The Evolution of Soccer Balls
Once upon a time, soccer balls (or footballs, depending on where you hail from) were inflated pig bladders wrapped in leather. One variation was an ancient Chinese game called “tsu chu,” using a ball stuffed with feathers. In medieval England, players used leather-covered wine bottles filled with cork shavings (to make them easily retrievable if they fell in the river). It wasn’t until 1844, when Charles Goodyear patented vulcanized rubber, that soccer balls started taking shape. Literally.
In 1855, Goodyear created the first rubber soccer ball. Then, seven years later, H.J. Lindon developed an inflatable rubber bladder to make the ball easier to kick and maintain its pseudo-spherical shape. White soccer balls became the standard in 1951 (companies whitewashed the leather, and in the 1960s, began to use synthetic materials to achieve uniform thickness and prevent the balls from becoming misshapen), and if teams played winter matches, official orange soccer balls were manufactured for better visibility.
But the ball most commonly seen today—the one with black and white pentagons and hexagons—gained popularity in the 1960s.* Previously, leather soccer balls consisted of 18 sections stitched together: six panels of three strips apiece. This design stitched together 20 hexagons with 12 pentagons for a total of 32 panels.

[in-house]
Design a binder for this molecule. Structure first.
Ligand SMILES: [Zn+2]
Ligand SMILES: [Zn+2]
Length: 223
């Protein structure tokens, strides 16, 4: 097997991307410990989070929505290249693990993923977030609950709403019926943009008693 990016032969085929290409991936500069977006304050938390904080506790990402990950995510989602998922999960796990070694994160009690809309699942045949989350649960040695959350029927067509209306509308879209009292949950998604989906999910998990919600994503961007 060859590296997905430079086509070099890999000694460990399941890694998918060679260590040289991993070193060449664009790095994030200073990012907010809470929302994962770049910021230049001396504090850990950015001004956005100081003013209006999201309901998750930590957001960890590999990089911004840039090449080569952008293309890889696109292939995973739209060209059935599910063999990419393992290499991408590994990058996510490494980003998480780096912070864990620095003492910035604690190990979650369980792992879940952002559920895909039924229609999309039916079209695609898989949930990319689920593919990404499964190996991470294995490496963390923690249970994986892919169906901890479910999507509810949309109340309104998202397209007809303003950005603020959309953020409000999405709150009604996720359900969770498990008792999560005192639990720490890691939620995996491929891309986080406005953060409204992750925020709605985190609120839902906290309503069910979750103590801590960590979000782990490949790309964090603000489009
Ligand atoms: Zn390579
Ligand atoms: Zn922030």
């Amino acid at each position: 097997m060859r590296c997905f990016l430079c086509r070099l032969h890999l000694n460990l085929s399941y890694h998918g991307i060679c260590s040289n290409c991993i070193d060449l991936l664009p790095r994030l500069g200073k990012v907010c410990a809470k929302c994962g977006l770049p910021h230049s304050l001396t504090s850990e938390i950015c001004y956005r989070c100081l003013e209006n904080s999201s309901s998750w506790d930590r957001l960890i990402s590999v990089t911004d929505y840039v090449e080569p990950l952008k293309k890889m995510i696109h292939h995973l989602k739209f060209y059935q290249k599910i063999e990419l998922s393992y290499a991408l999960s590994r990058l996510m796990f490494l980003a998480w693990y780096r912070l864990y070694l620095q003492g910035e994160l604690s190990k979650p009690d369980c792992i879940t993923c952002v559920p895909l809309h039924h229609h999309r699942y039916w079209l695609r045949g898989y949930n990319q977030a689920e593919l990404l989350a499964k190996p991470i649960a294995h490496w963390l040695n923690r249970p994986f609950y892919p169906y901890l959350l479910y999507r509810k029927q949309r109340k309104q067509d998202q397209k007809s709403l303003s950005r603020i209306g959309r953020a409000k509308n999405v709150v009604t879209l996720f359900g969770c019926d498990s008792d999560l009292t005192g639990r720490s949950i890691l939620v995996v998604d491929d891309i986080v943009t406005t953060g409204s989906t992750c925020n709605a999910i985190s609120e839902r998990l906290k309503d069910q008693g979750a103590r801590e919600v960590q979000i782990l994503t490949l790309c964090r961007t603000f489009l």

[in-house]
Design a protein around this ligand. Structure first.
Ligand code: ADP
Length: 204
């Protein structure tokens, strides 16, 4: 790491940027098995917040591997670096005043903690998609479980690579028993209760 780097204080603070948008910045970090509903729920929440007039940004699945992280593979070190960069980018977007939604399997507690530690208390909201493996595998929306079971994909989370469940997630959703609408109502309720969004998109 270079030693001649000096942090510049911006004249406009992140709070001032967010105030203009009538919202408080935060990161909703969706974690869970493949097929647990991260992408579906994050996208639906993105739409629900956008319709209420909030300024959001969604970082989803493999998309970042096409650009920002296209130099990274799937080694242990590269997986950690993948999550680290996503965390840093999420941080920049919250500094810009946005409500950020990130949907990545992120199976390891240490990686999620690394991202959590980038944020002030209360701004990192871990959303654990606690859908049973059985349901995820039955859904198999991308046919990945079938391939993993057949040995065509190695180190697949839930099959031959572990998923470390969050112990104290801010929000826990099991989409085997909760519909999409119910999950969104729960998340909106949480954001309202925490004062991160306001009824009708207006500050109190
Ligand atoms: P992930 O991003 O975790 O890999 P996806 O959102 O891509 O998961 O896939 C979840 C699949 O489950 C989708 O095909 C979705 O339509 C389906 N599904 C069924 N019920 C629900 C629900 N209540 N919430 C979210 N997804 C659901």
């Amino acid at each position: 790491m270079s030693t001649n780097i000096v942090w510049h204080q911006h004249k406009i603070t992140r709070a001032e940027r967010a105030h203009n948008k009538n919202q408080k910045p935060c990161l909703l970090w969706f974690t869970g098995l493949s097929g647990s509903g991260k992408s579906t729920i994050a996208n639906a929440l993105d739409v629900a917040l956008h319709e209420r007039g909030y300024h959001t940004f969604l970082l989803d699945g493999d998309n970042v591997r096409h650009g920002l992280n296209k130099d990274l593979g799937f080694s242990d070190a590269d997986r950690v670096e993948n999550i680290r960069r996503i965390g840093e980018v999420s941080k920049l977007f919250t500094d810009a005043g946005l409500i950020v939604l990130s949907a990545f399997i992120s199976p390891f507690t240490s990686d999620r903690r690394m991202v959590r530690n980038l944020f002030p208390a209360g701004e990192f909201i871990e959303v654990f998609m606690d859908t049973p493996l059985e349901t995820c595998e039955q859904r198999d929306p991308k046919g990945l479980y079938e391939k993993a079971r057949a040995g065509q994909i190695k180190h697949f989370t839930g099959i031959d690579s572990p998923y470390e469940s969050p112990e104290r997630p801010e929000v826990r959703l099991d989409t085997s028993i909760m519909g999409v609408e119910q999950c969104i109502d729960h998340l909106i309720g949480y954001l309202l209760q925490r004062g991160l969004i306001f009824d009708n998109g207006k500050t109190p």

The ball made its World Cup debut as Adidas’ Telstar in 1970 in Mexico. The ball's pattern of white hexagons with black pentagons made it easily visible on television. An added bonus for players: The black pentagons helped them learn to curve the ball better by being able to track its movement more easily.
Adidas kept the ball's black-and-white color scheme until 2002, but the 32-panel buckyball might not stay in vogue much longer—Adidas launched its new generation of soccer balls for the 2006 and 2010 World Cups with the Teamgeist (14 panels) and Jabulani (8 panels) designs, respectively.
* Correction: The original version of this post incorrectly stated that the ball was invented by architect and inventor Buckminster Fuller. That would have been amazing. We sheepishly regret the error. Line up for a penalty kick.